Saturday, November 26, 2011

National Anthem in Espanol in Ukiah. Updated 11/26

I have to admit, when I heard Nuestro Himno play on the loudspeaker on Friday at Ukiah High School, I grinned.  The smile on my face was because I knew the Spanish rendition of the Star Spangled Banner was going to rangle teachers and students at the high school.  Sure enough, a couple of teachers were not amused and a few students went storming to the admin building to express their displeasure at the song being sung in Spanish.  My students?  Well my students class that listened to the rendition were laughing because the copy of the song sucked.  I mean, seriously, the song sounded like it came off of a transistor radio broadcasting A.M. radio in the Seventies. 
Apparently it caught the attention of the Santa Rosa Press Democrat, because by lunch it was common knowledge that the Democrat had called the school district wondering why groups of students were so against the National Anthem in Spanish.  Sure enough, the Press Demo has an article out explaining that the issue wasn’t that big of a deal.  A few people were offended, some complained, and the whole thing was highly exaggerated.  Thank God for Thanksgiving Break. 
Since it is nearly impossible to literally translate anything in a foreign language from its original context, much less Francis Scott Key’s description of the bombing of Fort McHenry, I figured I’d show you the literal translation of the Spanish version.
“It's sunrise. Do you see by the light of the dawn
What we proudly hailed last nightfall?
Its stars, its stripes
yesterday streamed
above fierce combat
a symbol of victory
the glory of battle, the march toward liberty.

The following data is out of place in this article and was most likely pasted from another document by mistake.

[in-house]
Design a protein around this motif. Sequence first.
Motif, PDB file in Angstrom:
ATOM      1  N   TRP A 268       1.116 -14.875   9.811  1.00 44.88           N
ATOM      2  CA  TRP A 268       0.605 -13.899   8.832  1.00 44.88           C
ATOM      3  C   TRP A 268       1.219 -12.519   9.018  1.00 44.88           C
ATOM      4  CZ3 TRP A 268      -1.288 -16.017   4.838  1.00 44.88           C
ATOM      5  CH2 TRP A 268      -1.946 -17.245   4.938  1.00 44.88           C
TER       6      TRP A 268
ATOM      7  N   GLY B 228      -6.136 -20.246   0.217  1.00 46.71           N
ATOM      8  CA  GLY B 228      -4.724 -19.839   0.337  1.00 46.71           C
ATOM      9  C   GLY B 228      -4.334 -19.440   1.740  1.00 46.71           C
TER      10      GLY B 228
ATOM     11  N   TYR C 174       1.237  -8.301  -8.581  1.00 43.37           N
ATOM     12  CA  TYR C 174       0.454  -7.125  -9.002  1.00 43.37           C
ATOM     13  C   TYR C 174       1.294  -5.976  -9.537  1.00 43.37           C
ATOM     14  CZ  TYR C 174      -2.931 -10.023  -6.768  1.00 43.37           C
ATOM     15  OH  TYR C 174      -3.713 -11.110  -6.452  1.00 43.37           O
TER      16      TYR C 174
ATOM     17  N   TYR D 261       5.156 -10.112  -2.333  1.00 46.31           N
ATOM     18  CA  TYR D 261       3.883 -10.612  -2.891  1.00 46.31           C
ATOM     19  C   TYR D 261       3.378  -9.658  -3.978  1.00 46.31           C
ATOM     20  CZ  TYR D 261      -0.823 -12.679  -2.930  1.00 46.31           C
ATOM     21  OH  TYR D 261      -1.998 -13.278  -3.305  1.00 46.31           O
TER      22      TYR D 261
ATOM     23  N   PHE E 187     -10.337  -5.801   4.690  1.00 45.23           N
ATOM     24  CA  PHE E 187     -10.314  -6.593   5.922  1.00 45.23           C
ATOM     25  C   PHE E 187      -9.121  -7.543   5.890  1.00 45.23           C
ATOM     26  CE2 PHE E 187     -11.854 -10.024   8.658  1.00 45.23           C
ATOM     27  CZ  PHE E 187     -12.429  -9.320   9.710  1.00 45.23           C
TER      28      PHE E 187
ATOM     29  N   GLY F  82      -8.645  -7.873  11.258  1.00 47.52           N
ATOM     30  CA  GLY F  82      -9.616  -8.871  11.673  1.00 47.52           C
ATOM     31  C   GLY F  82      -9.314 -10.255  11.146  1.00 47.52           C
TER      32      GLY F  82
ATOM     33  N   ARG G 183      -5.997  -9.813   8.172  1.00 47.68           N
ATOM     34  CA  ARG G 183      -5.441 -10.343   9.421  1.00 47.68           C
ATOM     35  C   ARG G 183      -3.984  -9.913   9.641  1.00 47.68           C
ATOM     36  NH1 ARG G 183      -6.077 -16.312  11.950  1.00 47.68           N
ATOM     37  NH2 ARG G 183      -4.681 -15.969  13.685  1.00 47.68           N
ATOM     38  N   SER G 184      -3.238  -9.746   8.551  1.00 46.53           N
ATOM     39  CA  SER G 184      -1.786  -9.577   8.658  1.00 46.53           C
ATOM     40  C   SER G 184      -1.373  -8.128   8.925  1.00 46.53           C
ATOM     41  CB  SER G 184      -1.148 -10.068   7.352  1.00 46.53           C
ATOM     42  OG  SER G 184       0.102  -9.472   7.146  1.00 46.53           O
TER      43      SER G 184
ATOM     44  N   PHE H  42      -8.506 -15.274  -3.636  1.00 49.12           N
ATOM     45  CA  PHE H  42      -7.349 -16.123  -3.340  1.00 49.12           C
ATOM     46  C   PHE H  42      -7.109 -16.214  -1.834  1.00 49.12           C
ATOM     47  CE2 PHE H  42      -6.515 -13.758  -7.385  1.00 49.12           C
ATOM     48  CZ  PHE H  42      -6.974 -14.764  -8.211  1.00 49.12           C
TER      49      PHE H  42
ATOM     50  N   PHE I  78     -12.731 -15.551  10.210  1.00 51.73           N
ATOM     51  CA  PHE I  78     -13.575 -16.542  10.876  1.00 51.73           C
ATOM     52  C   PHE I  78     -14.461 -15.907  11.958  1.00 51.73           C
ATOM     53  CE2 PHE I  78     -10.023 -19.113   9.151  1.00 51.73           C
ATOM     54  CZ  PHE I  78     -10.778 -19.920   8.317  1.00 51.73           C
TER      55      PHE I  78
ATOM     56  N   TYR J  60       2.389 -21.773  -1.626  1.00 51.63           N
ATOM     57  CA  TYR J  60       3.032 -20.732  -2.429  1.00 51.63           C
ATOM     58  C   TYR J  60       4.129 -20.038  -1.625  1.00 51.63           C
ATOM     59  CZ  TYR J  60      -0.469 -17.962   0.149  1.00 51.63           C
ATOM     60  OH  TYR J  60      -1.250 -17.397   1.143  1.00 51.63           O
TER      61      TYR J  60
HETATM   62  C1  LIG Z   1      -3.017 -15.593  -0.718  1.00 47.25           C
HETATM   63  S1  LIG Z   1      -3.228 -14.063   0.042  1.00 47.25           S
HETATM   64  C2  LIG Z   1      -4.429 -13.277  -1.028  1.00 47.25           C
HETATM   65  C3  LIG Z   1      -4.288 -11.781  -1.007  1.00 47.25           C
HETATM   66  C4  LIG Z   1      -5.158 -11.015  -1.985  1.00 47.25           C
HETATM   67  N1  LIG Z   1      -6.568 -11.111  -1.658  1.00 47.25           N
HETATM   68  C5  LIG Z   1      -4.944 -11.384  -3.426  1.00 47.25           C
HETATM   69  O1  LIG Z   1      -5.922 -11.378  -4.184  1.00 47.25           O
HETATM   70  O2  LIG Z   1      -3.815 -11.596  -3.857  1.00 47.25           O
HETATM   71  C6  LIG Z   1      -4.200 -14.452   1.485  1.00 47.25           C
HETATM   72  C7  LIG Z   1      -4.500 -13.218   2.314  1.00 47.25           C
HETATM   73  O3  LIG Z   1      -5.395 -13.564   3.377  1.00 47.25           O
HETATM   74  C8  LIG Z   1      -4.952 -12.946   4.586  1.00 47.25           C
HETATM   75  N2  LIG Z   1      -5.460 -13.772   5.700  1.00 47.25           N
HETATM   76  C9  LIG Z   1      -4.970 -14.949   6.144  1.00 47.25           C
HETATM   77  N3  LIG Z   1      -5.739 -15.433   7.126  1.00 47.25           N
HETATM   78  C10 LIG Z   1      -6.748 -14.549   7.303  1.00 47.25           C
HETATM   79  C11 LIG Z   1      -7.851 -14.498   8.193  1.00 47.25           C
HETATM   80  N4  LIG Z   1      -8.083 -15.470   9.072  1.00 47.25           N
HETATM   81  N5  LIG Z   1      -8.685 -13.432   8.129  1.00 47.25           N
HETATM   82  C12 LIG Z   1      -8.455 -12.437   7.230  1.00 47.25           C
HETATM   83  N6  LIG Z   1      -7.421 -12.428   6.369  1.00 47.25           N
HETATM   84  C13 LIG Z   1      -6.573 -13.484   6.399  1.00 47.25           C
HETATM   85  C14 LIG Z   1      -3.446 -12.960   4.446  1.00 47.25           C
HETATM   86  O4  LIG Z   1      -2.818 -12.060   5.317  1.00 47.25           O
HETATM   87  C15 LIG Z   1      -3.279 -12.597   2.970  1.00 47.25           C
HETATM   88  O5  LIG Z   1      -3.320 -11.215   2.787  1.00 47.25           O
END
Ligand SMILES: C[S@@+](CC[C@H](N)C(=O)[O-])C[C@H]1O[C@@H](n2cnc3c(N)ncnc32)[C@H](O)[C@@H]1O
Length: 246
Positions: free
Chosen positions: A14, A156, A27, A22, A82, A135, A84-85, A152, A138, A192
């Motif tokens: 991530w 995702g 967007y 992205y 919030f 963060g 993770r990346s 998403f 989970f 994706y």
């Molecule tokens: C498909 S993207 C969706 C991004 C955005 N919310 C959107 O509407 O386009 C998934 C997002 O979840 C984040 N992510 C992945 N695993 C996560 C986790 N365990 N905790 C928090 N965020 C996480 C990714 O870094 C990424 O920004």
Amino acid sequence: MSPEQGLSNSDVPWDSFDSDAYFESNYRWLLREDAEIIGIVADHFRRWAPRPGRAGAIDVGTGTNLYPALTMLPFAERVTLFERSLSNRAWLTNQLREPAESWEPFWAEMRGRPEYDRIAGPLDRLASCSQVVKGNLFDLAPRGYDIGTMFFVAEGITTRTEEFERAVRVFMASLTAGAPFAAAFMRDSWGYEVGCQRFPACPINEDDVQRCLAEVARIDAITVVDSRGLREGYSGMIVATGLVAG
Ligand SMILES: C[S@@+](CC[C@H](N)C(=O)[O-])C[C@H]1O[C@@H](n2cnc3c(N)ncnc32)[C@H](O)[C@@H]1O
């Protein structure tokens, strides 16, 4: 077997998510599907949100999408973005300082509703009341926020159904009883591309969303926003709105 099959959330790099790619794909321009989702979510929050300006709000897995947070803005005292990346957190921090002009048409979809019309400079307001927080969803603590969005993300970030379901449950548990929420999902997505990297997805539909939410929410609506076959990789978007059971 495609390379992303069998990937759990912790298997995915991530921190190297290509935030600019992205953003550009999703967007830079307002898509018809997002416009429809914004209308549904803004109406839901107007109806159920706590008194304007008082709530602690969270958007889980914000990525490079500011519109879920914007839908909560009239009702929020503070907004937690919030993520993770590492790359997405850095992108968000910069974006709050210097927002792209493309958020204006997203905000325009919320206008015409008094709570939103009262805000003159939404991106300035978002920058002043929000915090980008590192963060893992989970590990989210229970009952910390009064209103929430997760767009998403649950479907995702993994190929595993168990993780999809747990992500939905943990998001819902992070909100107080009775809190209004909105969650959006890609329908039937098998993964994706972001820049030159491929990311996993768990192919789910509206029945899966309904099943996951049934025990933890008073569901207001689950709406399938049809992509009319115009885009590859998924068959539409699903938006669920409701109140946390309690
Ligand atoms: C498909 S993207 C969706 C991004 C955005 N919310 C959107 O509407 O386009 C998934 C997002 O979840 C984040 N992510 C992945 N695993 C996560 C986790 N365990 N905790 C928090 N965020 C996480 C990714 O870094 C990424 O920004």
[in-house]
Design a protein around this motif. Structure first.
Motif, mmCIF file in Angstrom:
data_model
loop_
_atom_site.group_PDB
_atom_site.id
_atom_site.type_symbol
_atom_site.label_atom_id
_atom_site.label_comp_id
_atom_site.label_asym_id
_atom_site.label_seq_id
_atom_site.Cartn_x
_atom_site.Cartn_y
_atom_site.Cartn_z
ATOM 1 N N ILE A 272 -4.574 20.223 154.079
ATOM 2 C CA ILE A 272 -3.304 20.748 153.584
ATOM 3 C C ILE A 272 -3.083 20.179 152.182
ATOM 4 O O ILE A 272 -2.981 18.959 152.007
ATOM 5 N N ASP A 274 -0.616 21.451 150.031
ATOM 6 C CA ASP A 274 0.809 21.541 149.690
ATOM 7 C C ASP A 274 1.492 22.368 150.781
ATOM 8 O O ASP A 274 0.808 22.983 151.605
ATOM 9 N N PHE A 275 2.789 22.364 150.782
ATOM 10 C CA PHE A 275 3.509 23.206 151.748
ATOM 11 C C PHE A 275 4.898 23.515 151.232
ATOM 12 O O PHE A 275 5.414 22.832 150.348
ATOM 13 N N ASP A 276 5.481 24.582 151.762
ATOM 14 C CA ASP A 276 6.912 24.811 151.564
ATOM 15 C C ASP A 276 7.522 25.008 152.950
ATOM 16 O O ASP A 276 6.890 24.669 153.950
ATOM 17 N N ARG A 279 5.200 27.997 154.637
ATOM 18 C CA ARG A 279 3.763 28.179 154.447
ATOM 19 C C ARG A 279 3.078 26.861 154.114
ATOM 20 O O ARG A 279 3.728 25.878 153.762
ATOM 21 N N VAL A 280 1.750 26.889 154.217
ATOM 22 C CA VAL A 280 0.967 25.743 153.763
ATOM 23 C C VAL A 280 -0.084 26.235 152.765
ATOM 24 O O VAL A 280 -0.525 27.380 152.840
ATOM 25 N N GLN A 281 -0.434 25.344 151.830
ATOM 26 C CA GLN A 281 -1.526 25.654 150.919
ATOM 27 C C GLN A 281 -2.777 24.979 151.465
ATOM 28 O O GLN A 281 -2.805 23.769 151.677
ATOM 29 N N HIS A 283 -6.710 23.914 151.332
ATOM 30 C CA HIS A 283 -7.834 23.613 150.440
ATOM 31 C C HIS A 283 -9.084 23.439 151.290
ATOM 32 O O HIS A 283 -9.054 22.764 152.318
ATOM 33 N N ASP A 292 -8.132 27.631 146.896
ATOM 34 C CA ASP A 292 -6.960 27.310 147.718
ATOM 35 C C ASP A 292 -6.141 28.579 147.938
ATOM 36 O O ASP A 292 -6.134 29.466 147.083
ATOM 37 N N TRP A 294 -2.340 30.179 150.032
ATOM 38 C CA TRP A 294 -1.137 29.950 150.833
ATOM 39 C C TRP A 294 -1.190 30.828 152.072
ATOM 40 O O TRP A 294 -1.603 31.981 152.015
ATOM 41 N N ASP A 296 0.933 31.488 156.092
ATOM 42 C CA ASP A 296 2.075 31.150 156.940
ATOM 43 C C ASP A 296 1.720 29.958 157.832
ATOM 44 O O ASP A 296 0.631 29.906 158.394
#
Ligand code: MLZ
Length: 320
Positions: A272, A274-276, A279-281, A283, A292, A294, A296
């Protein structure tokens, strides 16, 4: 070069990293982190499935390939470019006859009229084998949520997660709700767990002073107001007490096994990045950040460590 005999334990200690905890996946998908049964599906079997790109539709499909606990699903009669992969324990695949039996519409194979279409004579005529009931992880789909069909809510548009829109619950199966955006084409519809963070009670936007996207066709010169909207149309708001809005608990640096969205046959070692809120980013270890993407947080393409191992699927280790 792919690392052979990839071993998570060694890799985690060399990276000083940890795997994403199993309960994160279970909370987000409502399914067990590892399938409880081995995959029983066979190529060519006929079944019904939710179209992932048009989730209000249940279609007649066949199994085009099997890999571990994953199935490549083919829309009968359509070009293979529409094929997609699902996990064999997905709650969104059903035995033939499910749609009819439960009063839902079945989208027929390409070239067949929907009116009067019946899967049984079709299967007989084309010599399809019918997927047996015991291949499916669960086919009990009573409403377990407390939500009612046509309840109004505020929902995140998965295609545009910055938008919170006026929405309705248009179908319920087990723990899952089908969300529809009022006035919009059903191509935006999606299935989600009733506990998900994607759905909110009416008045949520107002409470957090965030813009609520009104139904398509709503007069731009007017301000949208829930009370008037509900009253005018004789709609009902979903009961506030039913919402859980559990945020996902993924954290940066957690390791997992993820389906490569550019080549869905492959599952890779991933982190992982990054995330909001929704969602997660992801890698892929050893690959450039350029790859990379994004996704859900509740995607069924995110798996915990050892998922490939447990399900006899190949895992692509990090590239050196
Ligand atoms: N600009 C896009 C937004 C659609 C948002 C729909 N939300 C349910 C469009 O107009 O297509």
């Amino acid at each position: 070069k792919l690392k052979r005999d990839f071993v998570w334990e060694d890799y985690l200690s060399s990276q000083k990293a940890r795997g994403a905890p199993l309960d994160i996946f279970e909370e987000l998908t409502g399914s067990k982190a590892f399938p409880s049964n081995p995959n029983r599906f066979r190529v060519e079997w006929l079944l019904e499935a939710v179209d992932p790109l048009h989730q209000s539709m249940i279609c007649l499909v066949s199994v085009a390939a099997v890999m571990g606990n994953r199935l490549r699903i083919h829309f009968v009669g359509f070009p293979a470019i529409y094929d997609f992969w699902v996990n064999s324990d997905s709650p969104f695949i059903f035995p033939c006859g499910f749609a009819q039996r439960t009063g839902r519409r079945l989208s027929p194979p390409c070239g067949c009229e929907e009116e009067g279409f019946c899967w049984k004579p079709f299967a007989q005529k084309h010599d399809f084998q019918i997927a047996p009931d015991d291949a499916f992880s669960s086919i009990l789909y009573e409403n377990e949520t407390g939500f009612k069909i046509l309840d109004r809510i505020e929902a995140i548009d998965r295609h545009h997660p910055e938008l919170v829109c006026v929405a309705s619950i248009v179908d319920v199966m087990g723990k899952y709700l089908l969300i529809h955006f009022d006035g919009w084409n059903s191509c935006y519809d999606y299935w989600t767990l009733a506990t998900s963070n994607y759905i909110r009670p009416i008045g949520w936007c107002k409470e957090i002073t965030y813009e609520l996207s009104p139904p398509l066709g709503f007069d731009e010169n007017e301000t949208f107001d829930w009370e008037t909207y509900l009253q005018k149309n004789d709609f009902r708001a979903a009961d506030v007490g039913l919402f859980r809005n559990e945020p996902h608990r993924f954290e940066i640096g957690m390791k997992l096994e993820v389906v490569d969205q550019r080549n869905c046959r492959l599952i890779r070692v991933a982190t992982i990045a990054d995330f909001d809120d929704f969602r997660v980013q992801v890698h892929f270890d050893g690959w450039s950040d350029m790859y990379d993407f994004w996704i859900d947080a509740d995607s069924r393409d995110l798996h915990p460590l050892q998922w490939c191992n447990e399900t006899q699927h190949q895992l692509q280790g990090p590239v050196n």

Throughout the night, they proclaimed: "We will defend it!"
Chorus
Tell me! Does its starry beauty still wave
above the land of the free,
the sacred flag?
Verse 2
Its stars, its stripes,
Liberty, we are the same.
We are brothers in our anthem.
In fierce combat, a symbol of victory
the glory of battle,
(My people fight on)
the march toward liberty.
(The time has come to break the chains.)
Throughout the night they proclaimed: "We will defend it!"
Tell me! Does its starry beauty still wave
above the land of the free,
the sacred flag?
Sure, it’s not word-for-word.  But if we have people singing the praises of the United States through its national anthem, even if it slightly off, isn’t that a good thing?  Doesn’t it make sense that out of all the days that Spanish speaking students stand for the National Anthem in English, that one day we introduce it in a different language?  What’s the problem with respecting the United States in any language? 
Again I’ll have to admit that the song was too long (it was getting close to Jimmy time) and that the quality totally lacking.  But you’re going to have a hard time convincing me that it wouldn’t be a good thing that the Star Spangled Banner be spoken in every language around the planet.  Defending the Stars and Strips, in any language, is pretty damn cool. 

Updated 11/26

More interesting reports of anthem and pledge cases that should anger citizens a hell of a lot more than singing our National Anthem in Spanish.  Huffington Post has two cases that are outragous.  One involves a teacher in Texas requiring students to recite the Mexican National Anthem, and another where an idiotic federal judge in San Francisco said that a principal in Morgan Hill, California was correct in telling students to remove their American flag shirts on Cinco de Mayo.  Both of those issues have far more serious repercussions.  Oh, and props to the state of Michigan for a logical law requiring pledges.  The law requires that a U.S. flag be in every classroom and that the pledge be repeated every day.  But it also states that students are not compelled to participate, as reinforced by the United States Supreme Court.  Look at that; true values of patriotism and individual liberty on clear display!      
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